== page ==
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Does size matter in business?

Following on from my last muse: ‘Are media agencies on the way out? Again? https://lnkd.in/eKVPFwx ‘ I started thinking. Suppose you’ve done everything I proposed: got a view on what you want to be; got some data and some refreshed skills and then worked out some inventive ways of using the data, what then?

Full steam ahead to programmatic-ville,.. well, when media owners decide to totally reinvent the way they trade and invest in the tech to make it happen anyway. Sounds ace. Frictionless trading with much less reliance on staffing levels, working 24 hours a day with no holidays or pension contributions. Loads of room to drive improved business performance for clients and ourselves. Huzzah, (note to self, learn some programming skills). But wait…

Neutering the behemoths?

… there’s a chance that this could be another issue for the big boys/girls. Currently size really does matter. When price and quality is determined by who has the biggest stick it’s the major players that hold sway. But when, in a fully programmatic world, the price is determined by demand then potentially scale becomes an irrelevance. At that point it will be all about who bids most, whether it be TinyTimMedia inc. or MightyMouseMedia inc. Now there’s a challenge. If we don’t have scale then what have we got? Samson with short hair… That democratization of opportunity potentially makes for quite a turbulent time in our industry.

But DOES it really mean that? Could scale still matter in this environment?

Potentially…here’s my view of how scale will always matter:

Scale funds investment

The tech required to deliver this media world requires some chunky investment. Let’s leave aside the sterling efforts of procurement at minimizing the margin that agencies make and try to imagine that the larger you are the greater the potential investment pot for NPD supporting this requisite tech revolution. (Try harder!)

Tough for medium sized agencies to manage this – maybe impetus for more consolidation with Agency Groups mustering up all they can afford to invest. Maybe… Equally, breaking into this market requires a backer with long arms and bulging pockets, so even if someone were to get some VC to invest, the media agency would have had to give away most of their business to even get started. And where’s the fun in that for start ups?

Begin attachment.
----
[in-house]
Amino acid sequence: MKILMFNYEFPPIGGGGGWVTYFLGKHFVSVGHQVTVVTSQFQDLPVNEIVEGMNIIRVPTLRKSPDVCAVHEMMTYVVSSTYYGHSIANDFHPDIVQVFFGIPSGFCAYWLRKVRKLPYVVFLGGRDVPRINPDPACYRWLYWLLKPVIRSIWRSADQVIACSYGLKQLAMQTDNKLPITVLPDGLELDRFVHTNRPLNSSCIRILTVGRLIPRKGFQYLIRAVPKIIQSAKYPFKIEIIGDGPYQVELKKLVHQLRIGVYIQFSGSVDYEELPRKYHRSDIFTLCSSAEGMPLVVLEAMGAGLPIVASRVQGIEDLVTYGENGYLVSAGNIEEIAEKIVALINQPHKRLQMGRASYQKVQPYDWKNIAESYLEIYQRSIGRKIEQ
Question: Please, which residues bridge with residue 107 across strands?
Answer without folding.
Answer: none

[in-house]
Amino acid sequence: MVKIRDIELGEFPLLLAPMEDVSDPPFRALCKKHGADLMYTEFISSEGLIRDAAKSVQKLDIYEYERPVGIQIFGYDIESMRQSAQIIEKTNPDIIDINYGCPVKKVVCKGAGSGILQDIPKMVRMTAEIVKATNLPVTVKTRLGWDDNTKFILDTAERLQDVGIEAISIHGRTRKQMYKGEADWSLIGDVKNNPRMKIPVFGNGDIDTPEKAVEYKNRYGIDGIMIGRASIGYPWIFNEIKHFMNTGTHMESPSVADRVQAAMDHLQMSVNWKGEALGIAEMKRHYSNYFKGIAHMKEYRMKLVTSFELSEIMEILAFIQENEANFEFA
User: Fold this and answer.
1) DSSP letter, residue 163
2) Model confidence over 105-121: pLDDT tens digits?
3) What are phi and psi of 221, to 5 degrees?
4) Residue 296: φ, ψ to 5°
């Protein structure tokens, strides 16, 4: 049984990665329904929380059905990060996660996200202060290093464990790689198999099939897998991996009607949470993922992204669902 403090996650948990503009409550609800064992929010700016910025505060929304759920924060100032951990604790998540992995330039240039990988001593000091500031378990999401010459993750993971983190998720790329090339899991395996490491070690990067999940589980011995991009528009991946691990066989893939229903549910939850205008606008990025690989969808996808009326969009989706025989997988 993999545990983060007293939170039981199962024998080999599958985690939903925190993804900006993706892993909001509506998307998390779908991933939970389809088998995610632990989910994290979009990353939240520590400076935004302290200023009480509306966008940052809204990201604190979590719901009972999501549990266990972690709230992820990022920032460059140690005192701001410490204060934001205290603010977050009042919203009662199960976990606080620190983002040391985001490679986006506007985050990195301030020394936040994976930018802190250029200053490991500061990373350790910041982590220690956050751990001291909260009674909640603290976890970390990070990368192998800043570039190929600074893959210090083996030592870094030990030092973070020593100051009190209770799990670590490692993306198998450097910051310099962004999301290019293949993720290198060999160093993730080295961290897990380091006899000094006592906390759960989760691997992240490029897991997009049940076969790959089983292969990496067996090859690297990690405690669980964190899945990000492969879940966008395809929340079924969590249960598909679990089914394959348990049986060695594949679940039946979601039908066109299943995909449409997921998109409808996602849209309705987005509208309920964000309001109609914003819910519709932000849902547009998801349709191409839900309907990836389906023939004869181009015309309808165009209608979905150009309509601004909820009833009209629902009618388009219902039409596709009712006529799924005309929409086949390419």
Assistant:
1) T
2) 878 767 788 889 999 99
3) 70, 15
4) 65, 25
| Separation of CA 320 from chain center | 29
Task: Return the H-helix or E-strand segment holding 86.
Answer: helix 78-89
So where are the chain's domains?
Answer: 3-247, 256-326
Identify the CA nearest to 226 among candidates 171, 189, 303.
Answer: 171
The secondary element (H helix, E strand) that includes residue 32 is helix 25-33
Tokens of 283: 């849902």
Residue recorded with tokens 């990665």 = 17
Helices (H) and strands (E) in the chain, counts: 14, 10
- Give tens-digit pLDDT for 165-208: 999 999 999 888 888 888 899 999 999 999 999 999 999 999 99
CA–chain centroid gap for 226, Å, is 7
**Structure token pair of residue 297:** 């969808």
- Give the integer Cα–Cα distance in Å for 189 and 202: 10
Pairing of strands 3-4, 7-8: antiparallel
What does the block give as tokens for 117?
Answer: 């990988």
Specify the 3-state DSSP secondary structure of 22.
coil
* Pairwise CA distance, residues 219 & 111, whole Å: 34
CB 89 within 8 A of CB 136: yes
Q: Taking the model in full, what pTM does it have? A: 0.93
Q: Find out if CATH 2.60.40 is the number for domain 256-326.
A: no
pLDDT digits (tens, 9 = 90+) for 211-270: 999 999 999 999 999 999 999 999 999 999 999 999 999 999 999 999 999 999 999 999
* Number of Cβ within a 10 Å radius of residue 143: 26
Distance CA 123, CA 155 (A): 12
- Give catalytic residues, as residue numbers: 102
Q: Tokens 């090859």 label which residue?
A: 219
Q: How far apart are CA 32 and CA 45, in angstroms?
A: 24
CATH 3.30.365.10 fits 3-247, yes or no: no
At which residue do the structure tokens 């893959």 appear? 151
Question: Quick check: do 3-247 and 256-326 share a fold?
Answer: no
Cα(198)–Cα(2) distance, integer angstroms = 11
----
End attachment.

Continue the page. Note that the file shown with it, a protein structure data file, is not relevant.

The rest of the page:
Maybe the threat may come from media owners themselves. If I was one of the larger data-rich media owners I’d be thinking about how I could build a supply-side trading desk to flog my inventory and maximize my yield. Then I’d hardly need any sales teams either… These are the chaps with REAL scale, and their scale really matters.

Scale creates exclusivity

Maybe it won’t all be about price. Maybe exclusive inventory is what matters. Those with the biggest stick could reasonably negotiate greater access to inventory, with more granular detail, updated more frequently or with more flexibility on targeting taxonomies. So, an exclusive deal with DunnHumby (I know, fat chance) could be an interesting way to leverage scale. Come on DH…play nicely!

Scale creates a different sort of value

Maybe scale brings exclusive interfaces with media-owner systems. Maybe scale will generate value in other ways, with things like access to programming engineers or data storage and processing charges reductions in return for big spends. New, broader negotiations required here with traders needing to learn the value of these additional services.

Scale creates priority It is also feasible that large agency groups look to get first dibs on inventory: possibly via a “first-look” arrangement; possibly via a “weighted-bid” arrangement where a big spender’s bid is worth 20% more than a low spending agency. Maybe.

Yep. Scale will always matter.

 

 

 

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